Georgia turns anniversary of First Democratic Republic into international event

photo of the author
photo of the author

On May 26, 1918, the National Council of Georgia - a multiparty legislative body elected as a result of the first multi-party elections - gathered in the center of Tbilisi, in the palace of the Russian governor of Transcaucasia on General Yevgeny Golovin Prospect. A hundred years later, on May 26, 2018, at 17:10 Tbilisi time, Georgian actors recreated the historic event - the declaration of Georgia's independence - in the same hall of the Governor's Palace.

Noe Zhordania, one of the leaders of the Russian Social Democratic Labor Party (RSDLP), who was considered a close associate of the RSDLP founder Georgy Plekhanov, said this historical phrase: "One state died, but a new one was born!" Later, historians, based on papers, proved that the Georgian Social Democrats, unlike other parties represented in the National Assembly, were not dying to achieve independence from Russia, but the logic of confrontation with the Bolsheviks, led by Lenin, pushed them to such a decision. Contrary to the sincere desire of Noe Zhordania and his fellow left-wing party members to see Georgia as part of Russian democracy, the Georgian Mensheviks played a historical role by establishing the first democratic state in the long history of Georgia - a parliamentary republic which abolished the death penalty and granted women the right to vote.

The Georgian Democratic Republic (GDR) was smashed by the Red Army led by the Bolsheviks Joseph Stalin and Sergo Ordzhonikidze as early as February 25, 1921. Nevertheless, it became the main symbol for modern Georgia, and the celebration of the centenary of the First Republic by the Georgian authorities has never been greater, who managed to turn an anniversary into an event of international significance. The presidents of Lithuania, Latvia, Armenia, Slovakia, Poland and Finland, President of the European Commission Jean-Claude Juncker and French Foreign Minister Jean-Yves Le Drian attended the celebrations in Tbilisi.

The Independence Day military parade has not been held for several years in the country, but the oath-taking ceremony on Freedom Square was impressive. The square was surrounded by not just military equipment, but also by huge screens where attendees could observe several thousand servicemen taking oaths in the cities of Georgia.

Lithuanian President Dalia Grybauskaite was received in Tbilisi with special honor. The day before the festivities, the Lithuanian State Language Commission made a decision to officially use Georgian word 'Sakartvelo'  - the way the Georgians call their country. On the same day it became known that a similar decision was taken on Lithuania by the Georgian commission on state language  - now the Baltic country will be called "Lietuva" in all official documents. During the broadcast of the celebrations, the Georgian television presenters tried diligently to pronounce this Lithuanian word.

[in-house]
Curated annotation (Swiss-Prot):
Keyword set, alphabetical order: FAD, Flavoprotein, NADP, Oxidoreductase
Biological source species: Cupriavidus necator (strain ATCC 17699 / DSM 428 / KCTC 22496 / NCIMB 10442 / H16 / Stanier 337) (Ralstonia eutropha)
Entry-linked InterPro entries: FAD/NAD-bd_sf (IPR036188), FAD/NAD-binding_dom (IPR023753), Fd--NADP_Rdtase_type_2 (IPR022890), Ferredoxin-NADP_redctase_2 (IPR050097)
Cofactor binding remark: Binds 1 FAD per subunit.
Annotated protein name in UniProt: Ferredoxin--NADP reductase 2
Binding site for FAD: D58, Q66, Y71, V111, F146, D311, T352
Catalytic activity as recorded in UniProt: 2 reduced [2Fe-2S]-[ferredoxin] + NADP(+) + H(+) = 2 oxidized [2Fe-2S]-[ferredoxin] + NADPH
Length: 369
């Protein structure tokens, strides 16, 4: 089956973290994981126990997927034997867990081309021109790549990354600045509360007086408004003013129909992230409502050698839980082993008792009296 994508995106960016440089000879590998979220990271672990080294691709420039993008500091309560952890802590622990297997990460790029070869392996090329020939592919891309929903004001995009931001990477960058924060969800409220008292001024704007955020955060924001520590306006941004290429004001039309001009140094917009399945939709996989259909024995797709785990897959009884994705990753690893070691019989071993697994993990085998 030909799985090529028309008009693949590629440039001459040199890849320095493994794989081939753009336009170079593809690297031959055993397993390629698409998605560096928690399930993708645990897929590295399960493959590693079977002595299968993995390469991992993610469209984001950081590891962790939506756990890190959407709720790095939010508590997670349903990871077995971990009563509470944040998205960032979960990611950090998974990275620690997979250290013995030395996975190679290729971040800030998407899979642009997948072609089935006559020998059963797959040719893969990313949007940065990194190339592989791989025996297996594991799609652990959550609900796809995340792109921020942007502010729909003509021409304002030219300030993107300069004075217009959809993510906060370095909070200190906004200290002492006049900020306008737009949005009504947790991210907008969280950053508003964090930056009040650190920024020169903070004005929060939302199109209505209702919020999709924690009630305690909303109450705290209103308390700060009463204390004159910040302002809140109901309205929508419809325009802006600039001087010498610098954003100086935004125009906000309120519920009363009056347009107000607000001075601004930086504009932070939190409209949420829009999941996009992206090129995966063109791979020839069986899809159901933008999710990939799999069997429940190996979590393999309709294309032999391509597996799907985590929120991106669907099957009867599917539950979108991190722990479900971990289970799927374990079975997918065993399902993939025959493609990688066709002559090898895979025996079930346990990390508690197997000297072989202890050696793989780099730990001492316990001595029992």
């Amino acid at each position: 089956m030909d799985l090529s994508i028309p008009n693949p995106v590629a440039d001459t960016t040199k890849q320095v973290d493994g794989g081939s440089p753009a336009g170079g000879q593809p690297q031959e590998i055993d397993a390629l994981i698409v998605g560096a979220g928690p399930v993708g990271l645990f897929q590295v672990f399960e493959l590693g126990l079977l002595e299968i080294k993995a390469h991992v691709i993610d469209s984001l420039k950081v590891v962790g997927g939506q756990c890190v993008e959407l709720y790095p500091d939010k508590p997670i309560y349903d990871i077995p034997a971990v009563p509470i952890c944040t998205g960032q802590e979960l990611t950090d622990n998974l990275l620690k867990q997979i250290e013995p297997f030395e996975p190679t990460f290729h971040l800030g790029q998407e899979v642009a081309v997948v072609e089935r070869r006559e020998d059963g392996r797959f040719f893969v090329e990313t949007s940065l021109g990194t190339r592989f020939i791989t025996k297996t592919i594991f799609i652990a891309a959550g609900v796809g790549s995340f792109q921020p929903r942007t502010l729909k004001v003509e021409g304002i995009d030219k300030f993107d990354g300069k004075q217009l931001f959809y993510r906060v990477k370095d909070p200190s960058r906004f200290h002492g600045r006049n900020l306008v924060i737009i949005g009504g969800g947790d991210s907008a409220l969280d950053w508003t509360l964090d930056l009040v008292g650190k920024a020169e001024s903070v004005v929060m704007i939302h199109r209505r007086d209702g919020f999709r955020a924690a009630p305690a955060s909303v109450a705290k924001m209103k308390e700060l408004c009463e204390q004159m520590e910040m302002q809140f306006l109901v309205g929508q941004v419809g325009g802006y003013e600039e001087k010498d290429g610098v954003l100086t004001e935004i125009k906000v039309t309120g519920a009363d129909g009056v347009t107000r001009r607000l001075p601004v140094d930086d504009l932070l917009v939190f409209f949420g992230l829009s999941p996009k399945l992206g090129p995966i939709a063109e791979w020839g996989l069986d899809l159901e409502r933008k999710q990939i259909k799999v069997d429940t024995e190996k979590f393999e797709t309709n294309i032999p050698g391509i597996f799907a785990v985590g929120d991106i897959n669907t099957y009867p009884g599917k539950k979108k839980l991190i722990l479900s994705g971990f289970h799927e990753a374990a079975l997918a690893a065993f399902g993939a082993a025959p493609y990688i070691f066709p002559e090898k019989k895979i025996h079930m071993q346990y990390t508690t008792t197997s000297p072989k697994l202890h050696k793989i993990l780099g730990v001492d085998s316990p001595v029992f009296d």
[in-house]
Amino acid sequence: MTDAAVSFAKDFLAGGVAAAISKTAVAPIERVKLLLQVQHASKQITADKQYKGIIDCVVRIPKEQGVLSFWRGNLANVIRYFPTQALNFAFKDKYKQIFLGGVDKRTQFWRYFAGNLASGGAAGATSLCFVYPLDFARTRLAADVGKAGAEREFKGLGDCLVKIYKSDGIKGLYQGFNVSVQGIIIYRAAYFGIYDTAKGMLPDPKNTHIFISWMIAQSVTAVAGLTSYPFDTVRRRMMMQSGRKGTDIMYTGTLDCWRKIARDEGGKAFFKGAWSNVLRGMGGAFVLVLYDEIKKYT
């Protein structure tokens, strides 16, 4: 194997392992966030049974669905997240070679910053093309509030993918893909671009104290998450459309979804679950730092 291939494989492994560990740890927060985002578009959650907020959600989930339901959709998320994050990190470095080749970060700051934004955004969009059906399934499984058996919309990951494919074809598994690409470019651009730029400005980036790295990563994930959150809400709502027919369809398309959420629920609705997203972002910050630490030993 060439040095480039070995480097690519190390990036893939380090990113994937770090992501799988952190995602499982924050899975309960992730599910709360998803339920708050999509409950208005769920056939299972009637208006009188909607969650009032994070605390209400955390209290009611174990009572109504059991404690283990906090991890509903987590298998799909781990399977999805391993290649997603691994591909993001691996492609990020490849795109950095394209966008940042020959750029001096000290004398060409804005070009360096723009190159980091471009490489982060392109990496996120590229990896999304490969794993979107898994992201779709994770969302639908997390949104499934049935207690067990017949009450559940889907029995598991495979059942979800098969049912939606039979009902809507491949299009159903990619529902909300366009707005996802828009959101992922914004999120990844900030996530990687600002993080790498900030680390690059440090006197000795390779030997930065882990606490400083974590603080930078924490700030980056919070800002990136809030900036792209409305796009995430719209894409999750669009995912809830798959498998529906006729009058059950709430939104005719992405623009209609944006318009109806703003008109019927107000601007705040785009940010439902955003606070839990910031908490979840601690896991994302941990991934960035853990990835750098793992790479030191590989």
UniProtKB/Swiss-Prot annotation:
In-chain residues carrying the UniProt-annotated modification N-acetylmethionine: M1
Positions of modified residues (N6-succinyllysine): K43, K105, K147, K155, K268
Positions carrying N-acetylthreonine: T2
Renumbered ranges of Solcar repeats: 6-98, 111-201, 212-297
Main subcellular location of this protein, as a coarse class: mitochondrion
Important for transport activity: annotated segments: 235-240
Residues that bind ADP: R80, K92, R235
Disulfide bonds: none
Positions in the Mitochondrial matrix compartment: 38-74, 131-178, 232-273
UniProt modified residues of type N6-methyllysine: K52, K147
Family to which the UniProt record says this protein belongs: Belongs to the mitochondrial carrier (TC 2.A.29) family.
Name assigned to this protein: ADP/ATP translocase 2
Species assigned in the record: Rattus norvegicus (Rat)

Attention was also drawn to the unexpected meeting of Armenian President Armen Sarkisyan with Bidzina Ivanishvili, the founder of the ruling Georgian Dream Party.  It is not known how the Armenian president was able to meet with the "mysterious billionaire" - Ivanishvili is an absolutely non-public politician, he does not hold meetings, and does not occupy any posts despite the readiness to head the Georgian Dream party again. Experts believe that having insisted on this meeting behind closed doors, Sarkisan made clear with whom Yerevan intends to solve the main issues of the Georgian-Armenian relations, including the problem of opening trade corridors from Russia to Transcaucasia.

President of the European Commission Jean-Claude Juncker, speaking at a joint press conference with Prime Minister Giorgi Kvirikashvili, announced the allocation of 40 million euro to Georgia as financial assistance and made it clear that in the near future the European Commission does not plan to consider the issue of restoring the visa regime due to the growing number of Georgian illegal immigrants and asylum seekers in the EU.

But ordinary Tbilisi citizens were not interested in big politics that day: the capital's municipality turned Rustaveli Avenue (the former General Golovin Prospect) into a huge colorful promenade with a lot of playgrounds, exhibitions and concerts. Hundreds of thousands of people walked along the country's main avenue, luckily this bright holiday is celebrated in late May, when weather in the Georgian capital is sunny.

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